The ghost with trembling wings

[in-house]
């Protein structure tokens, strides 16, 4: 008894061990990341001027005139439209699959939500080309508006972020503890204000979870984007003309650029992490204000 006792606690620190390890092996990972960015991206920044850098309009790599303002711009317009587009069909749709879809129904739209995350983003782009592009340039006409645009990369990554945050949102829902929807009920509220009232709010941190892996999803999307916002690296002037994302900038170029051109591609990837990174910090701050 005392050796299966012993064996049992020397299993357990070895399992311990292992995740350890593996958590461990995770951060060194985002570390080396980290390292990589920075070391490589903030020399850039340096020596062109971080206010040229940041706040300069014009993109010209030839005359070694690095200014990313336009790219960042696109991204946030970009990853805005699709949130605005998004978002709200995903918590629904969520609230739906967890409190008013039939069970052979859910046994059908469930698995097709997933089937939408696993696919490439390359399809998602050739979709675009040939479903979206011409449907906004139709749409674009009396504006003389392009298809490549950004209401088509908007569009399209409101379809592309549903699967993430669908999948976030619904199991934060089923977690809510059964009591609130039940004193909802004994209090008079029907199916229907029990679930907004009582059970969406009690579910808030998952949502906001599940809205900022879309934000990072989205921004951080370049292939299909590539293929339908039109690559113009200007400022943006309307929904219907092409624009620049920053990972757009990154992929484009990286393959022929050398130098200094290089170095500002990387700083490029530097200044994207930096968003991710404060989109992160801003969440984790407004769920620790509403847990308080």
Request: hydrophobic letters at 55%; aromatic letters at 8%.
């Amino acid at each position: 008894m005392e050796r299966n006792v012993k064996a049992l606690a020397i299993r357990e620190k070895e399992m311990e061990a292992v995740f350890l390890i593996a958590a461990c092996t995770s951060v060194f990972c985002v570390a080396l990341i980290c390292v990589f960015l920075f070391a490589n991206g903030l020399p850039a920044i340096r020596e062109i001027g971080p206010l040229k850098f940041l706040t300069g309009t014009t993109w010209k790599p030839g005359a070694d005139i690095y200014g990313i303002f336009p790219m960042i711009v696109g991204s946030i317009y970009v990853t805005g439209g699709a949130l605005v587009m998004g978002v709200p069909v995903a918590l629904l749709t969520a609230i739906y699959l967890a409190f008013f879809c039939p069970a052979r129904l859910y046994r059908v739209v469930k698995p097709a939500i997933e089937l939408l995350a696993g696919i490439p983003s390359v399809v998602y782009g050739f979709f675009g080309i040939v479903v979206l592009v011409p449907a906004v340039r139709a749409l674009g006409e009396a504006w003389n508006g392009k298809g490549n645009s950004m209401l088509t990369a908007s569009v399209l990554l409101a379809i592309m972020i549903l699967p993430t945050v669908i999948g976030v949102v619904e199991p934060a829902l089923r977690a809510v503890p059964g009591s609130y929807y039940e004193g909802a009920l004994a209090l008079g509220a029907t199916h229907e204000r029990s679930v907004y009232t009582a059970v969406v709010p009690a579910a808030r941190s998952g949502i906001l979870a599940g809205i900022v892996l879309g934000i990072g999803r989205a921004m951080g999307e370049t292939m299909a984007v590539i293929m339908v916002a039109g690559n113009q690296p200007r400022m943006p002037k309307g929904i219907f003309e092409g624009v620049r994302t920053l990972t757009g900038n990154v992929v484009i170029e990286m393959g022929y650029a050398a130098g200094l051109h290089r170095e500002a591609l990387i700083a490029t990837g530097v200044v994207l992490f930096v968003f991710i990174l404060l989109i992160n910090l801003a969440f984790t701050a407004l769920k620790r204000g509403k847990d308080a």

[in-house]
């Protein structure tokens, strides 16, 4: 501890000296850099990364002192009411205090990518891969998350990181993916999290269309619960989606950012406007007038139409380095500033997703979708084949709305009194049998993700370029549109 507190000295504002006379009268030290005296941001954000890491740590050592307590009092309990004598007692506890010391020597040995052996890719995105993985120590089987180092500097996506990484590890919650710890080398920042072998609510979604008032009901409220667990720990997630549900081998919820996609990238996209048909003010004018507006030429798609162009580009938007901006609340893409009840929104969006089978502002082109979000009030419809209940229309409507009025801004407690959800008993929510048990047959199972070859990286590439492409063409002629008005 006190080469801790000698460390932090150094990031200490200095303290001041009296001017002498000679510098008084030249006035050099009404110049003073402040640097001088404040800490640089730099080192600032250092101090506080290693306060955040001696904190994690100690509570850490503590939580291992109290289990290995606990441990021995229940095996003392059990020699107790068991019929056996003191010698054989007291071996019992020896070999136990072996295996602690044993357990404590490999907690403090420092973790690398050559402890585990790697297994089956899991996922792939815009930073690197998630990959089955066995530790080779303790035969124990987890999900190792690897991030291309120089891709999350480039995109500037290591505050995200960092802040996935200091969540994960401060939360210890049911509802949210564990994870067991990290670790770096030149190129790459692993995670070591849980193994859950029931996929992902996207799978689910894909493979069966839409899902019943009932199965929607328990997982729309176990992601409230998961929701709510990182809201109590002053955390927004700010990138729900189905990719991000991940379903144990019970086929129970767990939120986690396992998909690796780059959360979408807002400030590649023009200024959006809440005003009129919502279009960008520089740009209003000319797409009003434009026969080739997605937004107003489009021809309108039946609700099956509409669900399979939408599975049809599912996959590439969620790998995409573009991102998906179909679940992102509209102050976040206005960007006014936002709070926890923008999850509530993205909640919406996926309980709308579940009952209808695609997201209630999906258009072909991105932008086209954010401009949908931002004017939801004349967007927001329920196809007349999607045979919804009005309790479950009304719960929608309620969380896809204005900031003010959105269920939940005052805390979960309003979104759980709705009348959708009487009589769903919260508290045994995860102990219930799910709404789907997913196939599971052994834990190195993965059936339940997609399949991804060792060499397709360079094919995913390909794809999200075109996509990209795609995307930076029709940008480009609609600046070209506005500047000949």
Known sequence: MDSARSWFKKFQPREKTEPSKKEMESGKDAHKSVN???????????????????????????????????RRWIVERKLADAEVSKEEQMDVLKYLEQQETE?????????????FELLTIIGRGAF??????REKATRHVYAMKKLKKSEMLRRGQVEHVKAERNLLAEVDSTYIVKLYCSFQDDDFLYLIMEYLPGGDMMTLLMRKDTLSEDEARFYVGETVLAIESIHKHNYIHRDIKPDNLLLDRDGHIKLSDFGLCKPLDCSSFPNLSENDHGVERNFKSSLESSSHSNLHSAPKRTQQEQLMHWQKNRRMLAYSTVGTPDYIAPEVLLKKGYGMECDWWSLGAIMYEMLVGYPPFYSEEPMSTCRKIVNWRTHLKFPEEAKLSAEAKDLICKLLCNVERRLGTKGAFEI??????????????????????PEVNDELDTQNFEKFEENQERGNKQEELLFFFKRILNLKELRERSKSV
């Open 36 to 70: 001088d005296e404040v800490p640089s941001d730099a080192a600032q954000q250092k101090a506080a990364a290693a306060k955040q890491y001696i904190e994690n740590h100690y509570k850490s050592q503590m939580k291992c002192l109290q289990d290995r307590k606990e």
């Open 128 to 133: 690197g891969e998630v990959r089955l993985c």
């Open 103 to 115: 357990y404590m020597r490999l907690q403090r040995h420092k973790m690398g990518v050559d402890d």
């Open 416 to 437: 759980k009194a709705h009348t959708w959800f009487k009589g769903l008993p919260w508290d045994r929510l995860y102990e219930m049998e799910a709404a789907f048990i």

This week I finished reading “The ghost with trembling wings” by Scott Weidensaul. I had no idea what the book would be like before starting it, beyond that it dealt with issues in the rediscovery and recent extinction of birds. As I have at least four volumes on my bookshelf with the title “Extinct Birds” alone, this topic is one of my favourites in non-fiction.  It really is a wonderful read. The authors obvious enthusiasm and ornithological knowledge are always at the forefront and he takes you on a journey from the possibly extinct avifauna of the Lesser Antilles, to the history of the Thylacine (Thylacinus cynocephalus) via detours into ancient DNA, ivory-bill woodpeckers (Campephilus principalis) and other icons of extinction. Describing his search for the possibly extinct Semper’s Warbler (Leucopeza semperi), you get an insight into the mundanity of tropical fieldwork, along with the flashes of heart-stopping excitement that come from false starts and serendipitous moments. There are particularly interesting sections on the history of the Aurochsen (Bos primigenius), the wild ancestors of domestic cattle that died out only in 1627, and are known from descriptions by Julius Caesar and the caves of Lascaux and Chauvet. The interplay of science and  ideology that went into the breeding of the infamous Heck cattle by Nazi sympathising zoologists is discussed in detail, and the attempts to restore the Quagga (an extinct subspecies of Plains zebra, Equus quagga) by selective breeding is also covered. The only gripes I had were minor. The author repeatedly discusses the structure of DNA as made from amino acids- however, proteins are made from amino acids while DNA is made from bases, deoxyribose sugars and phosphate. There is also a repeated claim of Madagascar being colonised 2 million years ago (by who? Australopithecines?), rather than the generally accepted 2000 years. The final chapters focus on another search for a possibly extinct bird, the cone-billed tanager (Conothraupis mesoleuca) in the Amazon rainforest. The book ends on a high with the author and colleagues potentially spotting a female of this overlooked species. Happily, it seems that whatever Weidensaul saw, this particular bird is a survivor. The cone-billed tanager has been rediscovered since the book was first published! In 2003, and independently again, in 2004, males (and the never previously collected females) were observed by trained ornithologists and the sighting is currently being written up for scientific publication.

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